They had picked out a few books Mommy was purchasing. A really nice one about Harriet Tubman among them.

 

My daughter was sitting alone by a toy train set. She was worn out. It had been a long day.

 

“Daddy!” she said when she saw me. “You were amazing!”

 

And that was it.

 

That was all I’d needed.

 

She asked me about this or that from the speech. Obviously she didn’t understand the ins and outs of what I had said, but some of it had penetrated.

 

We talked about racism and why that was bad. We talked about what we could do to help stop it.

 

The rest of the time she held my hand and took me on a tour of the store.

 

I have hope for a better world, but if I’m honest, I’m not sure if writing this book or my activism or any of it will ever actually achieve its goal.

 

As ethicist Reinhold Niebuhr wrote, “Nothing that is worth doing can be achieved in our lifetime.”

 

But I’ve shown my daughter where I stand.

 

I’ve shown her where I think it’s appropriate to stand.

 

I’ve shown the same to my students, my family, my community.

 

They’ll do with that what they will.

 

I just hope that one day when I’m gone, my daughter will remember what I taught her.

 

She’ll remember and feel my presence though I’m long gone.


 

Photos:

 

Videos of the majority of my speech:

Part 1:

Part 2:

Part 3:

 

Crippled Puerto Rico Offered School Privatization as Quick Fix for Woes

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You’re Puerto Rico’s school system.

 

More than five months since a devastating hurricane hit the island’s shores, some 270 schools are still without power.

 

Roughly 25,000 students are leaving with that number expected to swell to 54,000 in four years. And that’s after an 11-year recession already sent 78,000 students  seeking refuge elsewhere.

 

So what do you do to stop the flow of refugees fleeing the island? What do you do to fix your storm damaged schools? What do you do to ensure all your precious children are safe and have the opportunity to learn?

 

If you’re Puerto Rico’s Governor Ricardo Rossello, you sell off your entire system of public education.

 

After an economic history of being pillaged and raped by corporate vultures from the mainland, Rossello is suggesting the U.S. Territory offer itself for another round of abuse.

 

He wants to close 300 more schools and change the majority of those remaining into charter and voucher schools.

 

That means no elected school boards.

 

That means no public meetings determining how these schools are run.

 

It means no transparency in terms of how the money is spent.

 

It means public funding can become private profit.

 

And it means fewer choices for children who will have to apply at schools all over the island and hope one accepts them. Unlike public schools, charter and voucher schools pick and choose whom to enroll.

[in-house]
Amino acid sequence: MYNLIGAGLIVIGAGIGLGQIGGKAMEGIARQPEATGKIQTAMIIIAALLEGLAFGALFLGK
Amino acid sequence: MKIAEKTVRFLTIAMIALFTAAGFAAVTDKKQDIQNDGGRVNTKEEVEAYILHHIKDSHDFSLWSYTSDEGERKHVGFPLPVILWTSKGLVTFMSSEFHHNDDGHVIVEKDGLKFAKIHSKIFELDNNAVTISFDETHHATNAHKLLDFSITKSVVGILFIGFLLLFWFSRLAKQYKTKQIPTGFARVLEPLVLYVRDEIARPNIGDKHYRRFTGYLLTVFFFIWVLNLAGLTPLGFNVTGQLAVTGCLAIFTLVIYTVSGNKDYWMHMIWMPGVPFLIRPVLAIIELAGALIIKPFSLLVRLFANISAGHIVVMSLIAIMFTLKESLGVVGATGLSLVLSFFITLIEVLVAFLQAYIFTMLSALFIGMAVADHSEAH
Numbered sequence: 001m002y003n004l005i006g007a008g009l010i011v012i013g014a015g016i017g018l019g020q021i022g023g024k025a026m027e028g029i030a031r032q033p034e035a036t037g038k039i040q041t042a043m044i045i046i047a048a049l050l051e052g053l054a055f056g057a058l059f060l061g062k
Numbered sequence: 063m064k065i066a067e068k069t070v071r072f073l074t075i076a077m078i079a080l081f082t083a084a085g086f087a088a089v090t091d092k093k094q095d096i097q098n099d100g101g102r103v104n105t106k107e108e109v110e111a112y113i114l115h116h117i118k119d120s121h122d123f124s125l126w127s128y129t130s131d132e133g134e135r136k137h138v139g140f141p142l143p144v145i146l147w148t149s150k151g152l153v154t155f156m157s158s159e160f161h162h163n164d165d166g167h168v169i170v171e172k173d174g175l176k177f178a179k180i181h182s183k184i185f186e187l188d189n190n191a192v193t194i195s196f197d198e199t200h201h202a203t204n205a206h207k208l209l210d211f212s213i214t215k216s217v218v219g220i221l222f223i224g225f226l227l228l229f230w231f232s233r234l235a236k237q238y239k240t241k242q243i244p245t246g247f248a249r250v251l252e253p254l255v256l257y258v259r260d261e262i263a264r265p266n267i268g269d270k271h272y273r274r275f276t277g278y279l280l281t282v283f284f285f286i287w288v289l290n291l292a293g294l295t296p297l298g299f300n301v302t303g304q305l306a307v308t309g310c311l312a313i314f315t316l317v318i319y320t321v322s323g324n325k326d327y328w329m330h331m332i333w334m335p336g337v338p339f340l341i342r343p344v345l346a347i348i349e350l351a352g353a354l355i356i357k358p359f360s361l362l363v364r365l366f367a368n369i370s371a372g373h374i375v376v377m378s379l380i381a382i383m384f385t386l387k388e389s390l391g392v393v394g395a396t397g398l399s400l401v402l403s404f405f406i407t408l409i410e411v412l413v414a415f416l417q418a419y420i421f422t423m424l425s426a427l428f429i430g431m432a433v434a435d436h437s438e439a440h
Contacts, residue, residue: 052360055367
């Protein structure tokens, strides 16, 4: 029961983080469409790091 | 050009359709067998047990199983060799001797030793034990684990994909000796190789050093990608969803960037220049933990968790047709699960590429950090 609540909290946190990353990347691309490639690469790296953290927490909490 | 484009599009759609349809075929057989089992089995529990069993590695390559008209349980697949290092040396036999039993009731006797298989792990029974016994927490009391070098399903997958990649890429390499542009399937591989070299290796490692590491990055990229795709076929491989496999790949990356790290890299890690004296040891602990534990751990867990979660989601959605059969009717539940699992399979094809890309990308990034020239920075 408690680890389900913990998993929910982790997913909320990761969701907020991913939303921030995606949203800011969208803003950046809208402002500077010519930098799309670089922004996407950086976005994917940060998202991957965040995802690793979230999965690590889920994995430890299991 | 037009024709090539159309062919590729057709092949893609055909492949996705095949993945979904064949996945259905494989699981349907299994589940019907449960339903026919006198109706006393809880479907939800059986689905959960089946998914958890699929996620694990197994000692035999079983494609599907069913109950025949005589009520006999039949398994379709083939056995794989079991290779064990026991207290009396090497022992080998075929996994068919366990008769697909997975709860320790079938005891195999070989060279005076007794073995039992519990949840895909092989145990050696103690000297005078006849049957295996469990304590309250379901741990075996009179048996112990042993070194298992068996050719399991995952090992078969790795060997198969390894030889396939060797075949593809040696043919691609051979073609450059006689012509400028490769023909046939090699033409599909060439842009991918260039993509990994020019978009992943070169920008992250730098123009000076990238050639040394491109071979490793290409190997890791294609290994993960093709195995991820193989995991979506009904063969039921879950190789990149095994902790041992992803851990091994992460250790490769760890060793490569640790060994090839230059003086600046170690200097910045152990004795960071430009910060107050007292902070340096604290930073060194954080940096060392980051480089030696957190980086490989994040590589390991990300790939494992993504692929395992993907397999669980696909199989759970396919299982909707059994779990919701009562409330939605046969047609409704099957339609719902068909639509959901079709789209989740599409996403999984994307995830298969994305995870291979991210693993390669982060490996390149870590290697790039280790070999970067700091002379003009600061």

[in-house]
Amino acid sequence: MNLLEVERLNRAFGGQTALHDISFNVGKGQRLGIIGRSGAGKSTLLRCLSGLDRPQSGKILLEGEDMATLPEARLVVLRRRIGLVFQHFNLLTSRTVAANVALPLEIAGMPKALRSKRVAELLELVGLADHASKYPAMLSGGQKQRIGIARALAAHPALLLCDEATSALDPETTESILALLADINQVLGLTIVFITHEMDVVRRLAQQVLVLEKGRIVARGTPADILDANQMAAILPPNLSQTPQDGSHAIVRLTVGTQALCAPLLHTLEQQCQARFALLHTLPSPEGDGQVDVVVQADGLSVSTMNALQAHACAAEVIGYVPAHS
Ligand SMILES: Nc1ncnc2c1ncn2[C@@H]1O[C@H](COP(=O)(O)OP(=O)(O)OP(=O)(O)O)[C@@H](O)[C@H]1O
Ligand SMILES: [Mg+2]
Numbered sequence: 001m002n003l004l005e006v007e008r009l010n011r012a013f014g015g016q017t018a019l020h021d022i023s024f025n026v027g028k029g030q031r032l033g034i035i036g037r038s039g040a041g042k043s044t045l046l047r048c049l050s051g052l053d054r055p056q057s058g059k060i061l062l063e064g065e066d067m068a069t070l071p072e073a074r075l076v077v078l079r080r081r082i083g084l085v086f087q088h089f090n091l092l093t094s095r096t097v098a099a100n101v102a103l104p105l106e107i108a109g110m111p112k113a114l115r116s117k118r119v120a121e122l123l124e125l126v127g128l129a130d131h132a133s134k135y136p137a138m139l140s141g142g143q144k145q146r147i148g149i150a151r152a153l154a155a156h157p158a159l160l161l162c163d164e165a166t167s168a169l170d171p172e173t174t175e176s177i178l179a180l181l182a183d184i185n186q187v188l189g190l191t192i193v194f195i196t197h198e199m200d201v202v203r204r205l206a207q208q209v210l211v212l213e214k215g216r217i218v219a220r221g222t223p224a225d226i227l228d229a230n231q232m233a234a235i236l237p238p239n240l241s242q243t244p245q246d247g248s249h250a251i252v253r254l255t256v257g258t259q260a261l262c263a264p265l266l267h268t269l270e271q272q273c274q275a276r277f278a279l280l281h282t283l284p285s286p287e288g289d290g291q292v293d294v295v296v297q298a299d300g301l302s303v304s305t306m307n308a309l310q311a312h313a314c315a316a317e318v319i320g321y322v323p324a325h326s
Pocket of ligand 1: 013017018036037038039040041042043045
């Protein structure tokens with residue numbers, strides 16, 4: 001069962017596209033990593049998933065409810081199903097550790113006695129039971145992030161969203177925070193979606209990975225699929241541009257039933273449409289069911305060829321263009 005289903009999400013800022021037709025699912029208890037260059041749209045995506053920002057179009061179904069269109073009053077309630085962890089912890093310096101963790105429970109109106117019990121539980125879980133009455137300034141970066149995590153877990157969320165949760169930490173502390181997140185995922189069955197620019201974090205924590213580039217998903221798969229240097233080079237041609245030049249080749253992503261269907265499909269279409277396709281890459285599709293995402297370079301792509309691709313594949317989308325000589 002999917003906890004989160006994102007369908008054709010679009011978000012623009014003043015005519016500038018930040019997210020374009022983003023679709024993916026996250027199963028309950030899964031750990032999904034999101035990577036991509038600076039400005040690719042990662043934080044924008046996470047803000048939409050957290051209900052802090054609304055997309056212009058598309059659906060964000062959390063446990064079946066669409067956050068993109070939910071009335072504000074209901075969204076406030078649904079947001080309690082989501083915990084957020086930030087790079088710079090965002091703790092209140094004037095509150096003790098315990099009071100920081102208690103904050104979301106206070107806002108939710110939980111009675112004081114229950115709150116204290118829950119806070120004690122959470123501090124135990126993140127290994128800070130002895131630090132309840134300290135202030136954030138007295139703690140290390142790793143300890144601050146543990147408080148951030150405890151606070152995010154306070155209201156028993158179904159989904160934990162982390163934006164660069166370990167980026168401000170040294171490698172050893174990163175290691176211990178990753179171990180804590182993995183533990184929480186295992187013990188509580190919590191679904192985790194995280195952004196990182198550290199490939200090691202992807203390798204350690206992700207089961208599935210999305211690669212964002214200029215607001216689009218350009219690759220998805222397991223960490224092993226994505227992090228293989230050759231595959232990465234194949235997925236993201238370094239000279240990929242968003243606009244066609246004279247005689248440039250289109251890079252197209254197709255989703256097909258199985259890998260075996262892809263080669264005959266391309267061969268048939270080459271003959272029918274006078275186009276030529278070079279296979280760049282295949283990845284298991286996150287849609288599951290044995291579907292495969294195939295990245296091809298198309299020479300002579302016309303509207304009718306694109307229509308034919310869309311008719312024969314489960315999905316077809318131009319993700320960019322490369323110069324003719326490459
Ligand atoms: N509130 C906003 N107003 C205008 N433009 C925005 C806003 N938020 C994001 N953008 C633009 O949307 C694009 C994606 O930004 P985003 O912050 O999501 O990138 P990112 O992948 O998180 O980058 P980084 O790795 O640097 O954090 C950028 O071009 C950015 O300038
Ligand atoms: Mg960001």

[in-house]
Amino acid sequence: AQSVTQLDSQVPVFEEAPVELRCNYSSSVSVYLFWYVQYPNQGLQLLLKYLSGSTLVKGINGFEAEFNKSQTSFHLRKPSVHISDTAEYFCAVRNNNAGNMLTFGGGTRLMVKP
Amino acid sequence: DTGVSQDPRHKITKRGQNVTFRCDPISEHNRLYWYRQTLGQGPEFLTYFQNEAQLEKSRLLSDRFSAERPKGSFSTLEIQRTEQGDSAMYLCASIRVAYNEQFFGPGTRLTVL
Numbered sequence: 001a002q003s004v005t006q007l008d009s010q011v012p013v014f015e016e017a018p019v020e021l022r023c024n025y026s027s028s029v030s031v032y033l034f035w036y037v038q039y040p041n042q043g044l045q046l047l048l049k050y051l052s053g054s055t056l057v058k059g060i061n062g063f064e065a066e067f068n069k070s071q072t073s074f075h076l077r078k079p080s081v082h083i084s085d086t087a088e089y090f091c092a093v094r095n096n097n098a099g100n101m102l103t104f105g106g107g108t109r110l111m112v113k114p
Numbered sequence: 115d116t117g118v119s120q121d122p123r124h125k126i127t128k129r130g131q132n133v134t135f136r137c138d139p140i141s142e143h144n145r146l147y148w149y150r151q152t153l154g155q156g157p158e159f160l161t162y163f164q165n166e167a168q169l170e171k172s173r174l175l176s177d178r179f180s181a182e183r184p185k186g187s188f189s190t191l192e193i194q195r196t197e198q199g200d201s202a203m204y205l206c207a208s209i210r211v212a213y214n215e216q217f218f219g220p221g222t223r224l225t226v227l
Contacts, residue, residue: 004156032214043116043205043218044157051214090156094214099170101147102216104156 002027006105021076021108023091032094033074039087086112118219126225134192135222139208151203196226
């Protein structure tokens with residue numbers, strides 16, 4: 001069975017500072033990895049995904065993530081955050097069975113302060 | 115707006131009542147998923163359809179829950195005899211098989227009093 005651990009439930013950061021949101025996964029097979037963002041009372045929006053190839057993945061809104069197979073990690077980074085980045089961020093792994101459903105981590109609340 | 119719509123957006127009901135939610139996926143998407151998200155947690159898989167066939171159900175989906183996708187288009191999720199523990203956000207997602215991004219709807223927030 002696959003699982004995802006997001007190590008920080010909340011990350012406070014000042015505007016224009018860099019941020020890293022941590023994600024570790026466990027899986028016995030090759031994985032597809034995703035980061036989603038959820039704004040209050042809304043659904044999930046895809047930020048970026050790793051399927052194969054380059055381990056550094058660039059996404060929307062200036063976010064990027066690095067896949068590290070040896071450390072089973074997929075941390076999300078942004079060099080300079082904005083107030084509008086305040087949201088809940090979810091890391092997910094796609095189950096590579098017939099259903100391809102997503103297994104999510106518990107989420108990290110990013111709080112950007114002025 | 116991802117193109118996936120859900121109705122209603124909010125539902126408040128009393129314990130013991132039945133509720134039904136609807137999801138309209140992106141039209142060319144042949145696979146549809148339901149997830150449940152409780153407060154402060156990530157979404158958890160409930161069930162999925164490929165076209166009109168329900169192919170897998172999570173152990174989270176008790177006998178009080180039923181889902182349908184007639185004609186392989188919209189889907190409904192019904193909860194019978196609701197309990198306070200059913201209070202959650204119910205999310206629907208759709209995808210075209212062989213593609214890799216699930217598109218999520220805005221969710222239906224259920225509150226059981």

Make no mistake. This has nothing to do with serving the needs of children. It is about selling off public property because it belongs to poor, brown people.

 

Something similar happened in New Orleans after Hurricane Katrina.

 

A district that served mostly black and poor children was swiped by private interests and turned almost exclusively into charter schools.

 

The results have been an abysmal academic record, the loss of black teachers, black neighborhoods, cultural heritage and in its place support for a status quo that just doesn’t care to provide the proper resources to students of color.

 

If the Governor and his wealthy backers have their way, Puerto Rico will be yet another ghettoized colony gobbled up by industry.

 

However, the people aren’t going to let this happen without a fight.

 

Mercedes Martinez, President of the Federacion de Maestros of Puerto Rico, an island teacher’s union, released the following statement:

 

“Dear comrades in the diaspora, now more than ever we need your unconditional solidarity.

 

Governor Roselló just announced his plan to shut down 307 schools, implement charter schools and vouchers. Disaster capitalism at its best. Added to the announcement of the privatization of PREPA. [Puerto Rico Electric Power Authority]

 

The way to victory is already paved, organized and militant resistance, concrete proposals to improve the public goods that we have, unity and organization. Be our voice in the states and let the world know that corporate reformers want to make PR the next New Orleans as they did after Katrina.

 

The hurricane has been the perfect storm and excuse for them to advance their plans. Today the so called “educational reform” will be sent to the legislature.

 

We will give the hardest fight of our lives, and we will triumph. Send letters and videos of support with our struggle. Teachers United, will never be defeated!

 

Lucha sí”

 

I don’t know about you, but I stand with these brave teachers, parents and their students.

 

I may live in Pennsylvania, my skin may be white, but I do not support the theft of Puerto Rico’s schools.

 

These children have just as much right as mine to a free and appropriate education. Their parents deserve the right to control their districts. They deserve transparency and self-rule.

 

They deserve the choice to guide their own destinies.

 

Teachers’ opposition to the move comes even though the Governor is proposing a $1,500 raise for all educators. Martinez says it could come to a general strike.